So, while walking might not give you the same muscular definition as cycling, especially in the legs, it’s still a great way to stay active. But if you’re dreaming of those cyclist’s legs, you know which path to pedal down.

What Exercise Builds You More Strength?

Which Builds More Strength: Cycling or Walking?

Cycling seems to have the upper hand.

Hayao Ozaki says that it has been shown that hopping on a bike can actually make you stronger, and interestingly, this boost in muscle power and size is even more pronounced in older folks. However, don’t count the younger crowd out just yet—they can still reap the strength benefits of cycling, but they might need to push themselves a bit harder. [4]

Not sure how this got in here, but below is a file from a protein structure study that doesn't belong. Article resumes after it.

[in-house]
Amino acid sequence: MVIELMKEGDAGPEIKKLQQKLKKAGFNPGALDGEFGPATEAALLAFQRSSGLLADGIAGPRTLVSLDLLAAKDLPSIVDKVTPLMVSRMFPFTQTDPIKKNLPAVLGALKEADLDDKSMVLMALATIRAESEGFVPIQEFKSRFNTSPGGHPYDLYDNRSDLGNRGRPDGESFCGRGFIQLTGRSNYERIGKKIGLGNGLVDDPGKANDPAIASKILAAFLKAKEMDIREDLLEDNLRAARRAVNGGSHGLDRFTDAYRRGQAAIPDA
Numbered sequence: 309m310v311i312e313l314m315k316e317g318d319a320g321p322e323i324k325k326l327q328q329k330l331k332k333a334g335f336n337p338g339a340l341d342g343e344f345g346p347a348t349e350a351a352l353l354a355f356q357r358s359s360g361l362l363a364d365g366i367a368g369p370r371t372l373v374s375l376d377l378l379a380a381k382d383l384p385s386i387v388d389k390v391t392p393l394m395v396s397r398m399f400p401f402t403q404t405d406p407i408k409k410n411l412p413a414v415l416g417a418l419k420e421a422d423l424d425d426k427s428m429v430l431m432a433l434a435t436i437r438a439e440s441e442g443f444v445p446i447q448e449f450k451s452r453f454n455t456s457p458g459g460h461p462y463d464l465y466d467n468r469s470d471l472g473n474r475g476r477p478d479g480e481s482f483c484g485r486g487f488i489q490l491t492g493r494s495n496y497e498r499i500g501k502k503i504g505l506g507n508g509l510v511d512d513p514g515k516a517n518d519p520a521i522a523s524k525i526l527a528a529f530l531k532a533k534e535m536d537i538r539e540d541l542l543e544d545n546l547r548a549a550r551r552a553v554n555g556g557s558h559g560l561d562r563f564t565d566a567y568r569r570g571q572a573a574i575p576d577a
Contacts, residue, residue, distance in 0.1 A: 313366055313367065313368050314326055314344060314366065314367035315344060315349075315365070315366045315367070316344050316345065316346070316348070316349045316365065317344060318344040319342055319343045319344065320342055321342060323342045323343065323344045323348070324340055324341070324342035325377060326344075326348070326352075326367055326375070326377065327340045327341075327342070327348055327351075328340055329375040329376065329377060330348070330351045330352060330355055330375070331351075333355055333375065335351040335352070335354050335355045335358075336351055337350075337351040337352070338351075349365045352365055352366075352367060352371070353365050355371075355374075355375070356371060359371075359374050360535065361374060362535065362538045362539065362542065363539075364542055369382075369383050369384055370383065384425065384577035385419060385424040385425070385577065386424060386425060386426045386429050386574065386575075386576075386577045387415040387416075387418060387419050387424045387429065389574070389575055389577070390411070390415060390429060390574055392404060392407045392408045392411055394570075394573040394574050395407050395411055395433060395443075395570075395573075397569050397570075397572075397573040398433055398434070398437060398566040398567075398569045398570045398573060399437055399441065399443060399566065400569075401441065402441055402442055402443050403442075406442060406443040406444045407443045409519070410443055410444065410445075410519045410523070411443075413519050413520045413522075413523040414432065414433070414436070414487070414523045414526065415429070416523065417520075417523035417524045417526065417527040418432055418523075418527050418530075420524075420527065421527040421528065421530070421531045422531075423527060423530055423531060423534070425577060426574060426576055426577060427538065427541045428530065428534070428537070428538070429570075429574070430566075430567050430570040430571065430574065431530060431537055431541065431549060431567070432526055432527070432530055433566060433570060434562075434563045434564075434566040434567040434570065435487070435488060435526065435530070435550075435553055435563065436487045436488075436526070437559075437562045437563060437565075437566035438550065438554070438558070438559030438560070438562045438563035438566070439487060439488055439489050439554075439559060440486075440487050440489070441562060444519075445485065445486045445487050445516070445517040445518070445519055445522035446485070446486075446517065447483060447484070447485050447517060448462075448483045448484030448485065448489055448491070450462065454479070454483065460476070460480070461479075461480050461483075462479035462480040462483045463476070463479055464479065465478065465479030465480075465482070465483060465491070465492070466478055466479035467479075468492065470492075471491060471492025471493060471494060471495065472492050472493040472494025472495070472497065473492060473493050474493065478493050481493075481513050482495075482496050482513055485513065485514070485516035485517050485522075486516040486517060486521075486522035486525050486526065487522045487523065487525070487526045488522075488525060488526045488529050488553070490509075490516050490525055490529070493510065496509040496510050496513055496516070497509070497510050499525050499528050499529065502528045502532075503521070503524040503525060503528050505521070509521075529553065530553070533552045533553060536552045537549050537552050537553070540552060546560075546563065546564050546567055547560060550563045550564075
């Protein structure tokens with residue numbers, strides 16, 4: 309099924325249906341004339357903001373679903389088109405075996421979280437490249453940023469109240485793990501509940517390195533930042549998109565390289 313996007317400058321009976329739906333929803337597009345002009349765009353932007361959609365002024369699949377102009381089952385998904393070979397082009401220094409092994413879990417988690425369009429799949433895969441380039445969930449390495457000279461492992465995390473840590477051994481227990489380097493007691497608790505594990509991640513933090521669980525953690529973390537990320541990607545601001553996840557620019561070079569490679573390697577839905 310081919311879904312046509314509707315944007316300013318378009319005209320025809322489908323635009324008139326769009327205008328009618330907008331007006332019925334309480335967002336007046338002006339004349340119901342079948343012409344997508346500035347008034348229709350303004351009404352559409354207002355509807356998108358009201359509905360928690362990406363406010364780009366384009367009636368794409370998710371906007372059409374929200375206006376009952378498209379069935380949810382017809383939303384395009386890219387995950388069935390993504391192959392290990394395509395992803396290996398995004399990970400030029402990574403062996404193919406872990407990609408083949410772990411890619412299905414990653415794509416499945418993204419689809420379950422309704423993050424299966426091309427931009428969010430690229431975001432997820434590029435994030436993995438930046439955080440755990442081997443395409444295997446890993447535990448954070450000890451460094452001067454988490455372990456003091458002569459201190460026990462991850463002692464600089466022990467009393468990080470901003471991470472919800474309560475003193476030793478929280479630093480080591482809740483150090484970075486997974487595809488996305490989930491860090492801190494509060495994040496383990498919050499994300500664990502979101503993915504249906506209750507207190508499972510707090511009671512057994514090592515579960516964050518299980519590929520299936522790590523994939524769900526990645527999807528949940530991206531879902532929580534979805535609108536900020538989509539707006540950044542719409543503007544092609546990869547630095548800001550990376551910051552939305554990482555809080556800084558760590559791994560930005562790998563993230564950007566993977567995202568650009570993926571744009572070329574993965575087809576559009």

So in summary of this Cycling seems to have the edge over walking when it comes to building strength, but we’re still waiting on more studies to really seal the deal.

As for walking, the verdict’s still a bit fuzzy, especially for younger, healthy individuals.

There’s not a ton of research out there, but one study did highlight that older people who were more on the sedentary side found themselves getting stronger after they started incorporating walks into their routine.

What Should Choose Those With Injuries?

Injuries can really set you back, making it tough to stay active. It’s crucial to find a suitable exercise that you can continue despite being injured, although the best option often depends on the specific injury.

For example, cyclists often report low back pain due to long periods of riding in a hunched position. On the other hand, walking has been shown to help reduce pain, disability, and activity avoidance in people with chronic low back pain.